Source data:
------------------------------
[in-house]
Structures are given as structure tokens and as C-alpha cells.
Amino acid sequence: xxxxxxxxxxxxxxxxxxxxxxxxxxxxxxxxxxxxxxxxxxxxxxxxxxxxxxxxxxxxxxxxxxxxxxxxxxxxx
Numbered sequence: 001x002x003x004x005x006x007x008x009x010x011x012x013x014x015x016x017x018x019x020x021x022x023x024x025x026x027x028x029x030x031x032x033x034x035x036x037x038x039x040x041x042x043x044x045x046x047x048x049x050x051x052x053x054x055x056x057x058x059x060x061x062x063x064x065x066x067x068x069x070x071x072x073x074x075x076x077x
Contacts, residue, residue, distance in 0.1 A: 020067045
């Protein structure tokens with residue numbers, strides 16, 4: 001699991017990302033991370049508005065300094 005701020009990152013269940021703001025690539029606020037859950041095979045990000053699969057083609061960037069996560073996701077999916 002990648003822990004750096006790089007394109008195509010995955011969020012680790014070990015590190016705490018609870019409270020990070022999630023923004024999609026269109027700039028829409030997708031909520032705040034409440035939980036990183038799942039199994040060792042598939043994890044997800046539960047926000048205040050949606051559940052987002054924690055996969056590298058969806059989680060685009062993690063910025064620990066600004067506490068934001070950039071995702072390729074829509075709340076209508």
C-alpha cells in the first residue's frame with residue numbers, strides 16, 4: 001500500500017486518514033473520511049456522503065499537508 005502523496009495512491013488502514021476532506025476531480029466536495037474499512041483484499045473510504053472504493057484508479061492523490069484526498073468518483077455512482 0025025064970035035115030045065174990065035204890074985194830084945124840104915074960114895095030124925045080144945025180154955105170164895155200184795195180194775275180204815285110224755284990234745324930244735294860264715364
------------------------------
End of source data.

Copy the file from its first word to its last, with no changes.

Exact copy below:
[in-house]
Structures are given as structure tokens and as C-alpha cells.
Amino acid sequence: xxxxxxxxxxxxxxxxxxxxxxxxxxxxxxxxxxxxxxxxxxxxxxxxxxxxxxxxxxxxxxxxxxxxxxxxxxxxx
Numbered sequence: 001x002x003x004x005x006x007x008x009x010x011x012x013x014x015x016x017x018x019x020x021x022x023x024x025x026x027x028x029x030x031x032x033x034x035x036x037x038x039x040x041x042x043x044x045x046x047x048x049x050x051x052x053x054x055x056x057x058x059x060x061x062x063x064x065x066x067x068x069x070x071x072x073x074x075x076x077x
Contacts, residue, residue, distance in 0.1 A: 020067045
């Protein structure tokens with residue numbers, strides 16, 4: 001699991017990302033991370049508005065300094 005701020009990152013269940021703001025690539029606020037859950041095979045990000053699969057083609061960037069996560073996701077999916 002990648003822990004750096006790089007394109008195509010995955011969020012680790014070990015590190016705490018609870019409270020990070022999630023923004024999609026269109027700039028829409030997708031909520032705040034409440035939980036990183038799942039199994040060792042598939043994890044997800046539960047926000048205040050949606051559940052987002054924690055996969056590298058969806059989680060685009062993690063910025064620990066600004067506490068934001070950039071995702072390729074829509075709340076209508």
C-alpha cells in the first residue's frame with residue numbers, strides 16, 4: 001500500500017486518514033473520511049456522503065499537508 005502523496009495512491013488502514021476532506025476531480029466536495037474499512041483484499045473510504053472504493057484508479061492523490069484526498073468518483077455512482 0025025064970035035115030045065174990065035204890074985194830084945124840104915074960114895095030124925045080144945025180154955105170164895155200184795195180194775275180204815285110224755284990234745324930244735294860264715364